Cardiovascular risk is increased in patients with secondary adrenal insufficiency, which may be ascribed to an unfavorable metabolic profile consequent to a relatively high hydrocortisone replacement dose.Objective:
We determined the effects of a higher versus a lower glucocorticoid replacement dose on blood pressure (BP), the renin-angiotensin-aldosterone system, 11β-hydroxysteroid dehydrogenase enzyme activity and circulating (nor)metanephrines.Design, Setting, and Patients:
Forty-seven patients with secondary adrenal insufficiency from the University Medical Center Groningen participated in this randomized double-blind crossover study.Interventions:
Patients randomly received 0.2–0.3 mg hydrocortisone/kg body weight followed by 0.4–0.6 mg hydrocortisone/kg body weight, or vice versa, each during 10 weeks.Main Outcome Measure(s):
BP and regulating hormones were measured.Results:
The higher hydrocortisone dose resulted in an increase in systolic BP of 5 (12) mm Hg (P = .011), diastolic BP of 2 (9) mm Hg (P = .050), and a median [interquartile range] drop in plasma potassium of −0.1 [−0.3; 0.1] nmol/liter (P = .048). The higher hydrocortisone dose led to decreases in serum aldosterone of −28 [−101; 9] pmol/liter (P = .020) and plasma renin of −1.3 [−4.5; 1.2 ] pg/mL (P = .051), and increased the ratio of plasma and urinary cortisol to cortisone (including their metabolites) (P < .001 for all). Furthermore, on the higher dose, plasma and urinary normetanephrine decreased by −0.101 [−0.242; 0.029] nmol/liter (P < .001) and −1.48 [−4.06; 0.29] μmol/mol creatinine (P < .001) respectively.Conclusions:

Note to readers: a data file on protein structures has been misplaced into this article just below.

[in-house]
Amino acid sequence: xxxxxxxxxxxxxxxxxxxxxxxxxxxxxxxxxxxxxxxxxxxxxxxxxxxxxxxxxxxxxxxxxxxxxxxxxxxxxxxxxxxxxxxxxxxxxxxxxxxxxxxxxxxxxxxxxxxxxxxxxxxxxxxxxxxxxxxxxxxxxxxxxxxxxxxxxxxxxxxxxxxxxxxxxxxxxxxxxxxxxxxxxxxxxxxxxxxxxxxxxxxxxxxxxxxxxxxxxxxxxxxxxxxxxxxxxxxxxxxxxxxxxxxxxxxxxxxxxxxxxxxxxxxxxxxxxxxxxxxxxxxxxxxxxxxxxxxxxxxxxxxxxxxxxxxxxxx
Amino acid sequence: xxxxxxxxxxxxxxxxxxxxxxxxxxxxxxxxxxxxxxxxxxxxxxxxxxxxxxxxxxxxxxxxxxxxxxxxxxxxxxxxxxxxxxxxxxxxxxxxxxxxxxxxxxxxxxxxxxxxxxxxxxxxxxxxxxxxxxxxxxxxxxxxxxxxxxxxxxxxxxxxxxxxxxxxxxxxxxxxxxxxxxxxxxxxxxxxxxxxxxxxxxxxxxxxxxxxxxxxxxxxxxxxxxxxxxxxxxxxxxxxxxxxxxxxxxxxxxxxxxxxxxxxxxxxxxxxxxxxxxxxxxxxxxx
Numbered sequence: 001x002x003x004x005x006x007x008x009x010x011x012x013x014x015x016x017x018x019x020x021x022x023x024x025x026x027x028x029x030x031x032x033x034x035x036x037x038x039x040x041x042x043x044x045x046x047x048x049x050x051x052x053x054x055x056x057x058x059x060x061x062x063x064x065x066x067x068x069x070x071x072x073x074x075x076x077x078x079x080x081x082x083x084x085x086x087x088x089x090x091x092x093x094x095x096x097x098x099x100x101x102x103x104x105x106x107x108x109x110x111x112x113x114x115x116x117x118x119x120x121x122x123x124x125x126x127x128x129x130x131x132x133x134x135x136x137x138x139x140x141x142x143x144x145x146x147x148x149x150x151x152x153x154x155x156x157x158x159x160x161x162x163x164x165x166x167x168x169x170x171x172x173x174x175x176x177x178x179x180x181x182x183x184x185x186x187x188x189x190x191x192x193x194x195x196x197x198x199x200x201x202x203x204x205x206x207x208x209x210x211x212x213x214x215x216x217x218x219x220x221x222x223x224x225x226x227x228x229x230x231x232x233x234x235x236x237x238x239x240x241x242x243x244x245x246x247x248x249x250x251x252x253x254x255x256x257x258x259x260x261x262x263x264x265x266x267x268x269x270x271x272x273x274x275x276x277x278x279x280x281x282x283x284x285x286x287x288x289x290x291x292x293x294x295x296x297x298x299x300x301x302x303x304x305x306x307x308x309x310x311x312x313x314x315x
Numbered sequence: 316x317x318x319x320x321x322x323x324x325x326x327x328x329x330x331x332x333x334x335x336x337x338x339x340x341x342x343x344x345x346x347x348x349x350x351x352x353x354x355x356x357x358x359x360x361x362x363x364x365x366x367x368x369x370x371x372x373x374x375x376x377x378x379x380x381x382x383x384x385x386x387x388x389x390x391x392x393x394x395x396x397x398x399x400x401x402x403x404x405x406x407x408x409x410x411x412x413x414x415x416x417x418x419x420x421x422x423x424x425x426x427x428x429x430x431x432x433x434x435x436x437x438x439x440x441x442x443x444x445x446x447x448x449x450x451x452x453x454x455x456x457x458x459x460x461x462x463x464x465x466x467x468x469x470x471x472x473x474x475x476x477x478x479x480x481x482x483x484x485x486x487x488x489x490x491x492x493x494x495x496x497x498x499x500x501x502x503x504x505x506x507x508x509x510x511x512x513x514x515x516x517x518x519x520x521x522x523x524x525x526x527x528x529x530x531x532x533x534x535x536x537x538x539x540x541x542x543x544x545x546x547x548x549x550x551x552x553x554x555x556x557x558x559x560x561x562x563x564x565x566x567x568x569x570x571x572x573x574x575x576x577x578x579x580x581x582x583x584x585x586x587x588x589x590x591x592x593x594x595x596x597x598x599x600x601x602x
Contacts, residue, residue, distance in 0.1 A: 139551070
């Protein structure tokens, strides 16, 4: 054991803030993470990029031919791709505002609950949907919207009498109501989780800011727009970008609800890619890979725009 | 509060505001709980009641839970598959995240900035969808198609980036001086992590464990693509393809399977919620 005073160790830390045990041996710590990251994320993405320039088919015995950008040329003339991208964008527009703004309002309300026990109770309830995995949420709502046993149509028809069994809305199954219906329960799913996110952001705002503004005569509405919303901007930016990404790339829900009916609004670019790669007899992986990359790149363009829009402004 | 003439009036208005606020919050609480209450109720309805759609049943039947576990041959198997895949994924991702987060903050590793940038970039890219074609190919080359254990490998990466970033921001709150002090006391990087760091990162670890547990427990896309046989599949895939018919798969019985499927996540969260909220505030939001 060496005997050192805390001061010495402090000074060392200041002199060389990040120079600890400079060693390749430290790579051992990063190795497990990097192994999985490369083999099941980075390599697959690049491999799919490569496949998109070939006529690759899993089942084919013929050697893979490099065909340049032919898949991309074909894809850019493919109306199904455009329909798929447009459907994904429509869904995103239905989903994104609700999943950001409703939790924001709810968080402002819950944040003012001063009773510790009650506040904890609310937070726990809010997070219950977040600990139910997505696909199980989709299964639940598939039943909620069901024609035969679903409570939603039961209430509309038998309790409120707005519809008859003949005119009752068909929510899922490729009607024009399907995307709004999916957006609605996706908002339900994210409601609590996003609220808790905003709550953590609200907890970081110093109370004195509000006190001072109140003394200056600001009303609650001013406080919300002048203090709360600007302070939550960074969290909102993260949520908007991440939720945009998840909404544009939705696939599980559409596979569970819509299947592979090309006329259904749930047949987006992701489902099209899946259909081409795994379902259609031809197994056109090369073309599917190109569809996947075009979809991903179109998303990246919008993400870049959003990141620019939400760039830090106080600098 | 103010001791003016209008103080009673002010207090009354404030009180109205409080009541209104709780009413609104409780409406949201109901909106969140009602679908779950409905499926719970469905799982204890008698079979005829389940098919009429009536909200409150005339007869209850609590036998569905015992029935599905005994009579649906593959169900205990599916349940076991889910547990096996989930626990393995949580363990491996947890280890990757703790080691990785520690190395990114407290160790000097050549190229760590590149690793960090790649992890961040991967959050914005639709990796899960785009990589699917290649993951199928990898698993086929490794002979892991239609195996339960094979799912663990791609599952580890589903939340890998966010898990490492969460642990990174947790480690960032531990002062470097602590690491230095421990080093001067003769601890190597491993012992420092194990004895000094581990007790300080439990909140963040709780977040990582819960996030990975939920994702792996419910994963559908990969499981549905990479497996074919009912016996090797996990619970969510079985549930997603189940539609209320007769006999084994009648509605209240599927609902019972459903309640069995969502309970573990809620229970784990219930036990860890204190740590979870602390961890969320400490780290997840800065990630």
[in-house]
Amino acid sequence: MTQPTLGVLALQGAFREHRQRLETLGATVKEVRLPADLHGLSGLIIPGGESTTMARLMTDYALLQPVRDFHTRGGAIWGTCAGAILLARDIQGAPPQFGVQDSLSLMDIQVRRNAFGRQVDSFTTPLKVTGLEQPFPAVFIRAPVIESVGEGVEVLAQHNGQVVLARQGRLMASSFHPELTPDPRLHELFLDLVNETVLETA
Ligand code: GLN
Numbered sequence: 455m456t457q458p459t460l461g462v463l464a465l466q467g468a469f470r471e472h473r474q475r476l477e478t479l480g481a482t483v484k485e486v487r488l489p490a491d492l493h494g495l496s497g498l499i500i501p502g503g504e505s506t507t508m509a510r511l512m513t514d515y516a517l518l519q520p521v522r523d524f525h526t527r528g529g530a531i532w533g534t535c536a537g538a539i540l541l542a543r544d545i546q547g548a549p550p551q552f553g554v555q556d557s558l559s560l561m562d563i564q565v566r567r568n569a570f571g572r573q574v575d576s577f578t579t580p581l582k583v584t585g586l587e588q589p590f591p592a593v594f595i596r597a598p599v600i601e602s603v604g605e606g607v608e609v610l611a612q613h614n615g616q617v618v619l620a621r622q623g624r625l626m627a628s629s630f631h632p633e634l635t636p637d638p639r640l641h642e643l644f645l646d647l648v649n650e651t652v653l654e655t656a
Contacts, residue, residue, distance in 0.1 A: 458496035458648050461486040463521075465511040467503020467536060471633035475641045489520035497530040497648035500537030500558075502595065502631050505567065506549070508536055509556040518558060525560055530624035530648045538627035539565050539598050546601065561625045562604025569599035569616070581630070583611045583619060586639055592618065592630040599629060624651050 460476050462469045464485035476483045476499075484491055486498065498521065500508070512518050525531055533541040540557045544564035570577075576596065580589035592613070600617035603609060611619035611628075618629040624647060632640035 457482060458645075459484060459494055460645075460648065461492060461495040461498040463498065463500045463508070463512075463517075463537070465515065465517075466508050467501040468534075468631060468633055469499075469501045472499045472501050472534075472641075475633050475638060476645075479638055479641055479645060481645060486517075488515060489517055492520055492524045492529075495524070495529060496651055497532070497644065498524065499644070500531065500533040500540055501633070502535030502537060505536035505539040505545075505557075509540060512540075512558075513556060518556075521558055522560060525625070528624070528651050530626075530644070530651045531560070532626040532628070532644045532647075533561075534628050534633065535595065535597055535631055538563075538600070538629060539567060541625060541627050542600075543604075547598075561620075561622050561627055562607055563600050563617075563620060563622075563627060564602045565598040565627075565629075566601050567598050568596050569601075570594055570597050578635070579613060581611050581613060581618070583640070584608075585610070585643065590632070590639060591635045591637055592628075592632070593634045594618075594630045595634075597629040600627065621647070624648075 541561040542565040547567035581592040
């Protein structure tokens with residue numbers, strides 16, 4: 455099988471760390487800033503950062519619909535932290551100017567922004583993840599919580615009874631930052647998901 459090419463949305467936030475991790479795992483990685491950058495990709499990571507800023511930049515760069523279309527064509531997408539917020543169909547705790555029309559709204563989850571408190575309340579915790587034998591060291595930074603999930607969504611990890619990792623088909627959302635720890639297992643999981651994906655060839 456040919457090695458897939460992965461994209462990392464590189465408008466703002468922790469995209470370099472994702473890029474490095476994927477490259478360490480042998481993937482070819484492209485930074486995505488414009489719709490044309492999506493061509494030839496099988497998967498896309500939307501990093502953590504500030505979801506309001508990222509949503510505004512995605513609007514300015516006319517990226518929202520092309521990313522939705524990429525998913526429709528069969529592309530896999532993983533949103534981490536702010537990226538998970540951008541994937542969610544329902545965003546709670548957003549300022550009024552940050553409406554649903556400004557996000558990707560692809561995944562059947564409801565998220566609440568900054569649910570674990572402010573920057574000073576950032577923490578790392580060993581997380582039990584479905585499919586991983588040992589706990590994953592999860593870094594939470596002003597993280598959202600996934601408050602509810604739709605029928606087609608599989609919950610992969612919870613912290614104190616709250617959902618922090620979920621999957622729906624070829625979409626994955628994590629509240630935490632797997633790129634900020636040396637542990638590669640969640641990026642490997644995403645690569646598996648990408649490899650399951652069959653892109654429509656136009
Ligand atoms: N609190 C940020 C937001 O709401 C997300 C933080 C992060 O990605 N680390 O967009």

A higher dose of hydrocortisone increased systolic and diastolic BP and was accompanied by changes in the renin-angiotensin-aldosterone system, 11β-hydroxysteroid dehydrogenase enzyme activity, and circulating normetanephrine. This demonstrates that hydrocortisone dose even within the physiological range affects several pathways involved in BP regulation.